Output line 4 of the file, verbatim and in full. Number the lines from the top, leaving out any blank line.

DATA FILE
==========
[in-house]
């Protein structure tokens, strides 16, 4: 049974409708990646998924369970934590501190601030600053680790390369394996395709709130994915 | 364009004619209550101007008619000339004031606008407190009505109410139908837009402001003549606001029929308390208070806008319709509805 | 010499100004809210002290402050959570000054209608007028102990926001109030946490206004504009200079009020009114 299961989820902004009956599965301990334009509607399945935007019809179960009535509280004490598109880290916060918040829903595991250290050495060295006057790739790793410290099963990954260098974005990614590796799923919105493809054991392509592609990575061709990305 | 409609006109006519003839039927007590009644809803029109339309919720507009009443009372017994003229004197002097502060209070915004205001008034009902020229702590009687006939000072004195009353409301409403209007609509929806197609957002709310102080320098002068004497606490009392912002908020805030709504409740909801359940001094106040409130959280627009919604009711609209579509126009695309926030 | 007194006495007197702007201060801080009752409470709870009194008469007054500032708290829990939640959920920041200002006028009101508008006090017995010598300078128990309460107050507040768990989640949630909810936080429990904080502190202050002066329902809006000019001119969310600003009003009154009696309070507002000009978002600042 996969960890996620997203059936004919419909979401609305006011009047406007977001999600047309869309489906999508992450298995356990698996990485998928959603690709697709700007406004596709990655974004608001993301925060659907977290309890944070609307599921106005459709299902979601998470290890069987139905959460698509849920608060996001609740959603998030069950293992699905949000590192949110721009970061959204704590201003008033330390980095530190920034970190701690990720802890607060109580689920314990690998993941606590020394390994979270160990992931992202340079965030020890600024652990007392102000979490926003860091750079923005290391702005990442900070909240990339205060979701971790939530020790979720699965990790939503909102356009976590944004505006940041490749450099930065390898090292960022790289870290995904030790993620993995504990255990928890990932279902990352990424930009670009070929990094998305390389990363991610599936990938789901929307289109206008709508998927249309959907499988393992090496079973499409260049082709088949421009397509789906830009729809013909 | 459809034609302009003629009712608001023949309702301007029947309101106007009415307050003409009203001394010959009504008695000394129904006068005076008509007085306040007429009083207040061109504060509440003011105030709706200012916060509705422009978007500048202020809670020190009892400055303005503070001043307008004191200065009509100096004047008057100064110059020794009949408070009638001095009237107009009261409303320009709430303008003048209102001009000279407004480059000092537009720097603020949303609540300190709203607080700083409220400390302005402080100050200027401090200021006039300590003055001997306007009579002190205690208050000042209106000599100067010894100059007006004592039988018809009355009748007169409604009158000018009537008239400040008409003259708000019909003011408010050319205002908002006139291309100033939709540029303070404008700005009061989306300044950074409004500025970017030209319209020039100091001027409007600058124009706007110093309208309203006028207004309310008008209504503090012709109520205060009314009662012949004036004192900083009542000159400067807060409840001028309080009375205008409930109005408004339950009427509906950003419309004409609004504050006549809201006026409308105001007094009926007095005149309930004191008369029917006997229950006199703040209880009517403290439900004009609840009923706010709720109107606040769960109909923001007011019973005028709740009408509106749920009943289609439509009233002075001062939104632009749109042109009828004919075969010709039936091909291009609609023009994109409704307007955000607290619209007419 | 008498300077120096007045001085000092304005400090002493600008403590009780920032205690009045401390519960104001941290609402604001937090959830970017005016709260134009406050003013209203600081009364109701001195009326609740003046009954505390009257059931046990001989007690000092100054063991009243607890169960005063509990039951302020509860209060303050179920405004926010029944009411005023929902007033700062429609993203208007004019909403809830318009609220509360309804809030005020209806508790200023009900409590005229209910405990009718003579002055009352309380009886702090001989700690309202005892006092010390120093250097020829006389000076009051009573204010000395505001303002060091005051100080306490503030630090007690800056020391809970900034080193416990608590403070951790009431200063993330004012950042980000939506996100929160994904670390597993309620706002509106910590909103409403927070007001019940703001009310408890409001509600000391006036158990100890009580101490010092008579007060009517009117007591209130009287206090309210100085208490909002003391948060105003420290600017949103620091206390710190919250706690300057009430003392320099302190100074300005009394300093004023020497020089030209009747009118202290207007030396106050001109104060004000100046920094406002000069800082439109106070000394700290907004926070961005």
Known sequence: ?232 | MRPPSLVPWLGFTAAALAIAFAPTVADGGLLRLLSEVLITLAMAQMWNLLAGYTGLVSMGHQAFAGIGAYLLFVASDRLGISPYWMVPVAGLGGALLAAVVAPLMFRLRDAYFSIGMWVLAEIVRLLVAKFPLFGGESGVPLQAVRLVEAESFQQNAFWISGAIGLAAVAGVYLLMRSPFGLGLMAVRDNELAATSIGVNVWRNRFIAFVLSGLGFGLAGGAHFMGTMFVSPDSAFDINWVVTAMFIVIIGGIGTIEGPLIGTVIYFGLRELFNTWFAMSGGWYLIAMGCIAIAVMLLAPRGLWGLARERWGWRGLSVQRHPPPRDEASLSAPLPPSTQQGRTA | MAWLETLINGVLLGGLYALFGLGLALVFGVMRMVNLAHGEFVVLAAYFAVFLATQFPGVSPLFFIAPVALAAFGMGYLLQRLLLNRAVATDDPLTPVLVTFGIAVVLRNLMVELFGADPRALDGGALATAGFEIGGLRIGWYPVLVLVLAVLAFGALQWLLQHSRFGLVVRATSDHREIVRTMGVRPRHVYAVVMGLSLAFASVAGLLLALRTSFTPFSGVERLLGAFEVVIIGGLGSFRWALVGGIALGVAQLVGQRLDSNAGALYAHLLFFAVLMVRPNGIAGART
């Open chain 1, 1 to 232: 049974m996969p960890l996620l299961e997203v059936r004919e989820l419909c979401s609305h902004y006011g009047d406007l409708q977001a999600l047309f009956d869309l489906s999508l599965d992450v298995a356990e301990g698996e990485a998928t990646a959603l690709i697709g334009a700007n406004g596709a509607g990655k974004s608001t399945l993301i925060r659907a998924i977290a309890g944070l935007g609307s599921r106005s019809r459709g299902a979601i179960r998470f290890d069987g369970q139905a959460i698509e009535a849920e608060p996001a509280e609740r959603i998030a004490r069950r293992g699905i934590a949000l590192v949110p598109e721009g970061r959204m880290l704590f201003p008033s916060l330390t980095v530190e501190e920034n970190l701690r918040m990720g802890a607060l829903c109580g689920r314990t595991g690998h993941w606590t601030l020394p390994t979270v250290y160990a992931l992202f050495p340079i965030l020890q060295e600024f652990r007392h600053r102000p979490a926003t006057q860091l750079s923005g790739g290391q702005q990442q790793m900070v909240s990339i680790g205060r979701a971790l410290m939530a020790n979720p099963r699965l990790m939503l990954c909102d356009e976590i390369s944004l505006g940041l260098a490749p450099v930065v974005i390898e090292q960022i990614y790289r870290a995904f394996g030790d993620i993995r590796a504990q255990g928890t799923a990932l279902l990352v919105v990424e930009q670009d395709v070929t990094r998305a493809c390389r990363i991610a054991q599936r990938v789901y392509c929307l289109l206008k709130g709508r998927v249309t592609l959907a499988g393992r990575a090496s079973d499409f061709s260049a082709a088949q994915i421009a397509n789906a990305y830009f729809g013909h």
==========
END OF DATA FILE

């Open chain 1, 1 to 232: 049974m996969p960890l996620l299961e997203v059936r004919e989820l419909c979401s609305h902004y006011g009047d406007l409708q977001a999600l047309f009956d869309l489906s999508l599965d992450v298995a356990e301990g698996e990485a998928t990646a959603l690709i697709g334009a700007n406004g596709a509607g990655k974004s608001t399945l993301i925060r659907a998924i977290a309890g944070l935007g609307s599921r106005s019809r459709g299902a979601i179960r998470f290890d069987g369970q139905a959460i698509e009535a849920e608060p996001a509280e609740r959603i998030a004490r069950r293992g699905i934590a949000l590192v949110p598109e721009g970061r959204m880290l704590f201003p008033s916060l330390t980095v530190e501190e920034n970190l701690r918040m990720g802890a607060l829903c109580g689920r314990t595991g690998h993941w606590t601030l020394p390994t979270v250290y160990a992931l992202f050495p340079i965030l020890q060295e600024f652990r007392h600053r102000p979490a926003t006057q860091l750079s923005g790739g290391q702005q990442q790793m900070v909240s990339i680790g205060r979701a971790l410290m939530a020790n979720p099963r699965l990790m939503l990954c909102d356009e976590i390369s944004l505006g940041l260098a490749p450099v930065v974005i390898e090292q960022i990614y790289r870290a995904f394996g030790d993620i993995r590796a504990q255990g928890t799923a990932l279902l990352v919105v990424e930009q670009d395709v070929t990094r998305a493809c390389r990363i991610a054991q599936r990938v789901y392509c929307l289109l206008k709130g709508r998927v249309t592609l959907a499988g393992r990575a090496s079973d499409f061709s260049a082709a088949q994915i421009a397509n789906a990305y830009f729809g013909h």